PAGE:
UT researchers use dopamine to develop all-natural flame retardant

Jonathan Vineyard

A UT research team has developed an all-natural, highly effective flame retardant. 

Cockrell School of Engineering associate professor Christopher Ellison and Amanda Jones, a postdoctoral fellow working in Ellison’s lab, have found that the chemical polydopamine performs two fire-reducing processes: producing char and capturing free radicals. Polydopamine also sticks to surfaces, which means it won’t leach out like most flame retardants.

“It’s like if you’ve taken a marshmallow and you’ve gotten it too close to the fire, and it starts on fire, it’ll burn until it generates this porous carbon on the outside — but the inside’s still good,” Ellison said. “The fire will actually self-extinguish as it makes that char on the outside.” 

Scientists derive polydopamine from dopamine. Dopamine is a natural compound that animals use as a neurotransmitter — it’s usually associated with the brain’s pleasure system. 

Polydopamine can capture free radicals, small molecules that form when a material catches fire. Free radicals attack other materials and make them more likely to catch fire. 

Most flame retardants currently on the market have only one flame protecting property, and are not as effective as polydopamine. In addition, researchers have found that many flame retardants are toxic and accumulate in the body.

For example, the EU banned the flame retardant polybrominated diphenylether because of toxicity concerns — it accumulates in the bodies of ringed seals and in human breast milk, according to Ellison. After Sweden banned it, the amount in Swedish breast milk began to drop.

“In Europe, you almost unequivocally have to prove that this chemical is not damaging to living organisms,” Ellison said. “In the United States, they’re usually allowed to manufacture until something is discovered.”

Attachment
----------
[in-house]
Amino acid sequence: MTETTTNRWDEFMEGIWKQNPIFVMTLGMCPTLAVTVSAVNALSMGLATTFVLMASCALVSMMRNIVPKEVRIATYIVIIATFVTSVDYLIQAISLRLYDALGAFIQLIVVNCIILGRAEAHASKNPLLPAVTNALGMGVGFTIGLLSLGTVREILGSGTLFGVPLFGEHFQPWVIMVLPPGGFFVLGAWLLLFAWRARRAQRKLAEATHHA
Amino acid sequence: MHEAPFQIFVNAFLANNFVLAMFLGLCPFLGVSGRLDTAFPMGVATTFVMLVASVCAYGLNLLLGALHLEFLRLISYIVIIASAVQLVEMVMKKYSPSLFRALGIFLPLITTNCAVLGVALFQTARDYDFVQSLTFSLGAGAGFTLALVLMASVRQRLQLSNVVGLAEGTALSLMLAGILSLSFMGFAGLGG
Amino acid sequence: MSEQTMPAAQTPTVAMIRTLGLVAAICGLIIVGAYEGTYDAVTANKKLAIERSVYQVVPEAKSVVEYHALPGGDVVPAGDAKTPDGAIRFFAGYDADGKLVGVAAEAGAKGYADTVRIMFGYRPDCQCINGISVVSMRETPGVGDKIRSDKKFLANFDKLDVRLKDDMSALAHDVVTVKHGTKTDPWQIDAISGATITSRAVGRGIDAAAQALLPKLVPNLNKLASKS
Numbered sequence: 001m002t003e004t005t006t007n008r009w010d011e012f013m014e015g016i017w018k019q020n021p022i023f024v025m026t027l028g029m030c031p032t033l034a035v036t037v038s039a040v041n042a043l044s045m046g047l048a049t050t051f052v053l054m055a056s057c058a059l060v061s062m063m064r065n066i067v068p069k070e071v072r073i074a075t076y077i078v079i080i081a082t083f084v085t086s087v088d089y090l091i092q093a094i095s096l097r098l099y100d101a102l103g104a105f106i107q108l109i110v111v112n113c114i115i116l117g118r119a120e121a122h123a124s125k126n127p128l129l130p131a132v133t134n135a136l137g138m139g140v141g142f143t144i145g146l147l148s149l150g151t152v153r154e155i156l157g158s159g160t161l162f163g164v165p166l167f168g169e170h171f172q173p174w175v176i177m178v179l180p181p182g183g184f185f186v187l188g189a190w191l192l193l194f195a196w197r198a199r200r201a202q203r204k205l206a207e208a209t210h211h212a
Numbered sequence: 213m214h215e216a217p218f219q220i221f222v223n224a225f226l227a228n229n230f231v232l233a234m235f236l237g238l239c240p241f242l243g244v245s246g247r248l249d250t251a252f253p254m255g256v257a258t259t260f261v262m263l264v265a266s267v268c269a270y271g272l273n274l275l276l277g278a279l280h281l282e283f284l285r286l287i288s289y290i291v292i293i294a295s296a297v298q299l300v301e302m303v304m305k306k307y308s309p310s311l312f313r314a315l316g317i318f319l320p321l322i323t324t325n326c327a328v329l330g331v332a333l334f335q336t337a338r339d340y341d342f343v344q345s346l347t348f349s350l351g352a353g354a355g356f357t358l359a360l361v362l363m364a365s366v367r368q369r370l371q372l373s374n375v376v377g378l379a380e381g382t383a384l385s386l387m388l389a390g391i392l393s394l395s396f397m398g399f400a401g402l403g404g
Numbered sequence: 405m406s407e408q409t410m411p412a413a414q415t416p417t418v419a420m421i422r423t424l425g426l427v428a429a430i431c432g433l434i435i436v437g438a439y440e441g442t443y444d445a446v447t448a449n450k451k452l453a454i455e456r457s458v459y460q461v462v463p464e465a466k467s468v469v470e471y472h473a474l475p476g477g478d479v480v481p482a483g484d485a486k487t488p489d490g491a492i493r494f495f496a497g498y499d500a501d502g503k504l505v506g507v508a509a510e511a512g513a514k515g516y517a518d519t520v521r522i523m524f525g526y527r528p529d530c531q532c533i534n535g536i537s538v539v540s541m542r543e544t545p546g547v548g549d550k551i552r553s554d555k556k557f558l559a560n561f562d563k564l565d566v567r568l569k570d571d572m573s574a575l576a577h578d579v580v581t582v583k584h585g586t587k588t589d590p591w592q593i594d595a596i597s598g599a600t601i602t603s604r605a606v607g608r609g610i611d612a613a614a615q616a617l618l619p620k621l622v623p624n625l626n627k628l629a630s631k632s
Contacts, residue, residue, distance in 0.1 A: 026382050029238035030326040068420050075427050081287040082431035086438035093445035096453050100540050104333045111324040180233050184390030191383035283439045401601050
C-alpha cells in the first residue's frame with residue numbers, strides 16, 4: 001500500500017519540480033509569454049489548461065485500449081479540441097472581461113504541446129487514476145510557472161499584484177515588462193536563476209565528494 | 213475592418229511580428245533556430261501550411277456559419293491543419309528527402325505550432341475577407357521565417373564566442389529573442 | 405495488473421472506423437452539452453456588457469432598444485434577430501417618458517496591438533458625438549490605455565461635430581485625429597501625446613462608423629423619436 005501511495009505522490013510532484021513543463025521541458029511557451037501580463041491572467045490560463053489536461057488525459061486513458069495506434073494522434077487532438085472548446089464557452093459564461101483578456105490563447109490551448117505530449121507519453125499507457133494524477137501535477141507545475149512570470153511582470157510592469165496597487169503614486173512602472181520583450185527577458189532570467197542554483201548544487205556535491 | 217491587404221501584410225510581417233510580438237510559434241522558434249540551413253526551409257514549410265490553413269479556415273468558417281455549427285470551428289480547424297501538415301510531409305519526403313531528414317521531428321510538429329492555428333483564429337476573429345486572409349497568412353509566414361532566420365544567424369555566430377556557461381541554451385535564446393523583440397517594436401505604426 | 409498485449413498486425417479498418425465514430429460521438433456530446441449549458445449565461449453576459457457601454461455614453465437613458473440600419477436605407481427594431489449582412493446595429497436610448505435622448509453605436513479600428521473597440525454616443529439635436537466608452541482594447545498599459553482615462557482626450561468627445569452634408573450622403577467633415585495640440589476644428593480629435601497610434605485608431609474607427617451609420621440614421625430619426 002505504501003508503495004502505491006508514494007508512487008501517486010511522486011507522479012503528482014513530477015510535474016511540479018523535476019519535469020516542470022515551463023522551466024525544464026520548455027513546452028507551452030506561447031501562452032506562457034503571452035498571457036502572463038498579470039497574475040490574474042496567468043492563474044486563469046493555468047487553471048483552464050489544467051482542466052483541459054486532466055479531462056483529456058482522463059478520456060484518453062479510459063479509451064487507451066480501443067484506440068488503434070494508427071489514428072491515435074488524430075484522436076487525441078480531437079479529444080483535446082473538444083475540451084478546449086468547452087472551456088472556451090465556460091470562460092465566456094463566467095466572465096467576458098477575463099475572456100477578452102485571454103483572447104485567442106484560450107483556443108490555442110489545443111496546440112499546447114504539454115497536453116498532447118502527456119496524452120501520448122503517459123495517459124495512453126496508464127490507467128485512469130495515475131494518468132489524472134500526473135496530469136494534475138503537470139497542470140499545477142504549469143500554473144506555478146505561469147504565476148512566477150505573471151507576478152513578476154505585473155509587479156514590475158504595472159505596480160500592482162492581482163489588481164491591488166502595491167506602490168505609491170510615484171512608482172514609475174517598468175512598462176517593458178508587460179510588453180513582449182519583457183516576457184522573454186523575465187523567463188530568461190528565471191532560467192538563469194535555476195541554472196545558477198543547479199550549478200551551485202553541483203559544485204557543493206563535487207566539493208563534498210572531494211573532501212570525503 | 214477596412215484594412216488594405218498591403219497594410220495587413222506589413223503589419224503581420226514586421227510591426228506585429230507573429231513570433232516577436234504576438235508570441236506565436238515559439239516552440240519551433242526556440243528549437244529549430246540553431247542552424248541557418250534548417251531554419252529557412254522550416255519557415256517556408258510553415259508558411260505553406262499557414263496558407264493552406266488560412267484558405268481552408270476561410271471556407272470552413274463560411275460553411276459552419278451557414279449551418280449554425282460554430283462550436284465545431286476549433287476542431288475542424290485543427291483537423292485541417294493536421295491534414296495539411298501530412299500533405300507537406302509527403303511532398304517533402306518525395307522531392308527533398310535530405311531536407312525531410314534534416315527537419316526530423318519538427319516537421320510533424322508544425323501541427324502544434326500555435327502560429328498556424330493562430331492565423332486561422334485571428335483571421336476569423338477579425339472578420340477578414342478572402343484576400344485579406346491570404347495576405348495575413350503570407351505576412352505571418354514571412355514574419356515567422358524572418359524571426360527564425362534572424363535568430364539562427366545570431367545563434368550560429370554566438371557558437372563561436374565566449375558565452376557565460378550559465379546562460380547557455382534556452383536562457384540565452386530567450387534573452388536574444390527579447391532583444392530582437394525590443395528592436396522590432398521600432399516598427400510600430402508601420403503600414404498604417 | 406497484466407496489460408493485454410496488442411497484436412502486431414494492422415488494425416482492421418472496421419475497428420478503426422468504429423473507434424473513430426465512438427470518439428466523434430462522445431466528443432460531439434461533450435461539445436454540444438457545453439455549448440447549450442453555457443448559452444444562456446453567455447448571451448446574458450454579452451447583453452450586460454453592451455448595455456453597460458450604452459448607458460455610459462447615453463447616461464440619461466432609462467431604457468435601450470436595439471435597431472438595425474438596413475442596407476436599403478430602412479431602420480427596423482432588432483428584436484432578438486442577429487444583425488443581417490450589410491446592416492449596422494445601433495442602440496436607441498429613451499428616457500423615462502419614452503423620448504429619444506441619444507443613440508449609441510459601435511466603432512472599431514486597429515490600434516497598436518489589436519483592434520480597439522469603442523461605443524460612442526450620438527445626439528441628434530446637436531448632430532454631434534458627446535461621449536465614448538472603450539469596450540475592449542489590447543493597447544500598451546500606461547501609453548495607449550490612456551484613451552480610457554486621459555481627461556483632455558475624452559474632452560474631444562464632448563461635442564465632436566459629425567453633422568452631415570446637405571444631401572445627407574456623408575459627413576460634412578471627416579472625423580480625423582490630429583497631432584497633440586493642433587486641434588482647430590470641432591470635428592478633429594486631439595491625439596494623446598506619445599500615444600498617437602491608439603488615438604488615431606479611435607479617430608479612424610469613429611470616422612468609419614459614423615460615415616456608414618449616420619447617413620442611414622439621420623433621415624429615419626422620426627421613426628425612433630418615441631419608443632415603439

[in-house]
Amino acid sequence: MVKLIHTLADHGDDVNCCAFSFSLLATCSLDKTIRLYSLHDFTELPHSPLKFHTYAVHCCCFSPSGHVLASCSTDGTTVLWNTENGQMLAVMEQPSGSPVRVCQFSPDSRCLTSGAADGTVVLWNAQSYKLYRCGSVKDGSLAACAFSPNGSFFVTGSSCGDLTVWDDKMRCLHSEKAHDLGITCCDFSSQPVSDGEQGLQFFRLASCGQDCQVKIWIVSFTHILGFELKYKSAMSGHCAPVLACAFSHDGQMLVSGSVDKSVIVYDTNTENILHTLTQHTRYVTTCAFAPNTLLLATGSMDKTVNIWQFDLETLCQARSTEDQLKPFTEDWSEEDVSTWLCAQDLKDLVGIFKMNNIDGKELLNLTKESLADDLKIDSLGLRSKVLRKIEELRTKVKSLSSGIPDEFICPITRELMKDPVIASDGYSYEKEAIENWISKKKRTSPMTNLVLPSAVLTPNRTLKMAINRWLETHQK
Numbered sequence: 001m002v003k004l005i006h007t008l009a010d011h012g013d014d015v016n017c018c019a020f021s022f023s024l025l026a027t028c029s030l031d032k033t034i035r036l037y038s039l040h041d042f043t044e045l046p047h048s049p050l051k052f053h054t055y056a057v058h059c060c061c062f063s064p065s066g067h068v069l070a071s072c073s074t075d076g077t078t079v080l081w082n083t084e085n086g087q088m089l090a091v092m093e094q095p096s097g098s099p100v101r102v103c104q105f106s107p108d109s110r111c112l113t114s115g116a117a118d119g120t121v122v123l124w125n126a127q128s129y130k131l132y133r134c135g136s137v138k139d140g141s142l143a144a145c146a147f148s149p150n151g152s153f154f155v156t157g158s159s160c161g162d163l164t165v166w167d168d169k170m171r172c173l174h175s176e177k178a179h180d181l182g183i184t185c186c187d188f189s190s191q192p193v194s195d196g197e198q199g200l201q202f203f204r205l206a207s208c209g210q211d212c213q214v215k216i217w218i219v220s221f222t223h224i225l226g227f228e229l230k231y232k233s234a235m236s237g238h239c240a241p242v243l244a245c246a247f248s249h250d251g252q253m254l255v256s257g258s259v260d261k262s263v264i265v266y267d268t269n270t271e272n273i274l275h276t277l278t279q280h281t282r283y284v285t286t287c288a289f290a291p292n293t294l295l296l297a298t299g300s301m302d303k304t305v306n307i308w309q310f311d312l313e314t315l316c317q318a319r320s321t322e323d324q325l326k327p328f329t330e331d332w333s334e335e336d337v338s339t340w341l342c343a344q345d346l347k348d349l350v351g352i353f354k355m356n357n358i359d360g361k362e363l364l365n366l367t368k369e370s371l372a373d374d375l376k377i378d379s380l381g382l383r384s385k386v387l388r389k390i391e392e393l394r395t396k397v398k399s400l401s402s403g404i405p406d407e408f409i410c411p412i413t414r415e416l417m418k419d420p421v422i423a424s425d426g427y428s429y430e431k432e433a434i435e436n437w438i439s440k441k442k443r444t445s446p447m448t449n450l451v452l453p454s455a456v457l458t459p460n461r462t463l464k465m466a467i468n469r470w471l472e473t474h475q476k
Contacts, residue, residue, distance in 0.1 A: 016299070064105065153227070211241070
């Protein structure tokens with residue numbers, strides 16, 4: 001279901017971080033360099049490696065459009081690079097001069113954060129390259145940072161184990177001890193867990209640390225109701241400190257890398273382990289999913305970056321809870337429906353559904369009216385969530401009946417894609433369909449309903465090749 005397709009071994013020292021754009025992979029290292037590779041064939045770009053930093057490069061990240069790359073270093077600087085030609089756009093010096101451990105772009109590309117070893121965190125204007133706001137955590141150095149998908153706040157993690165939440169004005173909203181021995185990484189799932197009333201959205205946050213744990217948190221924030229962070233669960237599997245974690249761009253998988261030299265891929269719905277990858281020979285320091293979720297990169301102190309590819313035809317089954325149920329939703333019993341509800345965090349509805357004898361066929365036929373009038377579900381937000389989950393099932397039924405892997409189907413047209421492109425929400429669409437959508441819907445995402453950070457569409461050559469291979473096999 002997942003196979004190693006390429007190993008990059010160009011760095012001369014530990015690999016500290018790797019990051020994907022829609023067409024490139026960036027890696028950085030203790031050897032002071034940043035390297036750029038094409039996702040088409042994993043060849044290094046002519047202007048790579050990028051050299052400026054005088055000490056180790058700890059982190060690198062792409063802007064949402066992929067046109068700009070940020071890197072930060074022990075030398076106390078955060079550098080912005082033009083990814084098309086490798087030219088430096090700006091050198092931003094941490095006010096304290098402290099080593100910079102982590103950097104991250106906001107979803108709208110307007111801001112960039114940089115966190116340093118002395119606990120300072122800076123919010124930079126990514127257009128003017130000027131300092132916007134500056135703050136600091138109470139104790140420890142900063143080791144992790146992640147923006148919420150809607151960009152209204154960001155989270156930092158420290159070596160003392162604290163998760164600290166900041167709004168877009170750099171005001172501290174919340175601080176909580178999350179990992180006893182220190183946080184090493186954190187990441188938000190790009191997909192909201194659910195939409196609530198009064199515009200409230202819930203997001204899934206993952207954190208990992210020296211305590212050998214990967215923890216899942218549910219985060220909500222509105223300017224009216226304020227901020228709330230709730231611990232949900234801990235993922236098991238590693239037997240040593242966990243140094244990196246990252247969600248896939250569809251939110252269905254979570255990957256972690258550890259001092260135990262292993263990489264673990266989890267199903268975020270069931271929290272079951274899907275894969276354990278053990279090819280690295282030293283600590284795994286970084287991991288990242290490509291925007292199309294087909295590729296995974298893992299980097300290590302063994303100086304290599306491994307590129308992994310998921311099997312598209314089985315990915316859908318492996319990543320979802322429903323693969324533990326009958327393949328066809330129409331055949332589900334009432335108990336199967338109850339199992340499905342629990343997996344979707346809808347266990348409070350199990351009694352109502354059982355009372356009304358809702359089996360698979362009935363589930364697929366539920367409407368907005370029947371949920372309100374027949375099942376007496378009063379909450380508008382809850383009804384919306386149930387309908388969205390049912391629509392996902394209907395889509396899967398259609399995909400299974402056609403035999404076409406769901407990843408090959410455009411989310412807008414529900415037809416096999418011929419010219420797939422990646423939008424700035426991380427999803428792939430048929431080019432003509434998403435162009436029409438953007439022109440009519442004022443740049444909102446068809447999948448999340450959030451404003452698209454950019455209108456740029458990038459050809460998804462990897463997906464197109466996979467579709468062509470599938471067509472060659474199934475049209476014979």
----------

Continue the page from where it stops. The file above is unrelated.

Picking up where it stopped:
Ellison said this scientific discovery was unusually struggle-free.

“This is one of the few rare instances where I would say the hypothesis was almost exactly as we thought it might be,” Ellison said. “It worked the first time, and research almost never goes this way. 98, 99 percent of the time your experiment fails.”

However, their work isn’t done. Jones is now picking up the project from a doctoral student who has since graduated. She said she plans to investigate similar natural compounds to see if they are also flame retardant. 

“If dopamine works so well, there might be other ones that work really well,” Jones said. “We’re thinking about issues like scalability, biocompatibility and color — the dopamine does turn it brownish-black. It’s something that might be important for clothing or consumer products that are visible.”

Jones said the team has a lot of work to do — they are hopeful that they’ll make functional improvements and increase their work’s marketability. 

“We’re really just starting in this area,” Jones said.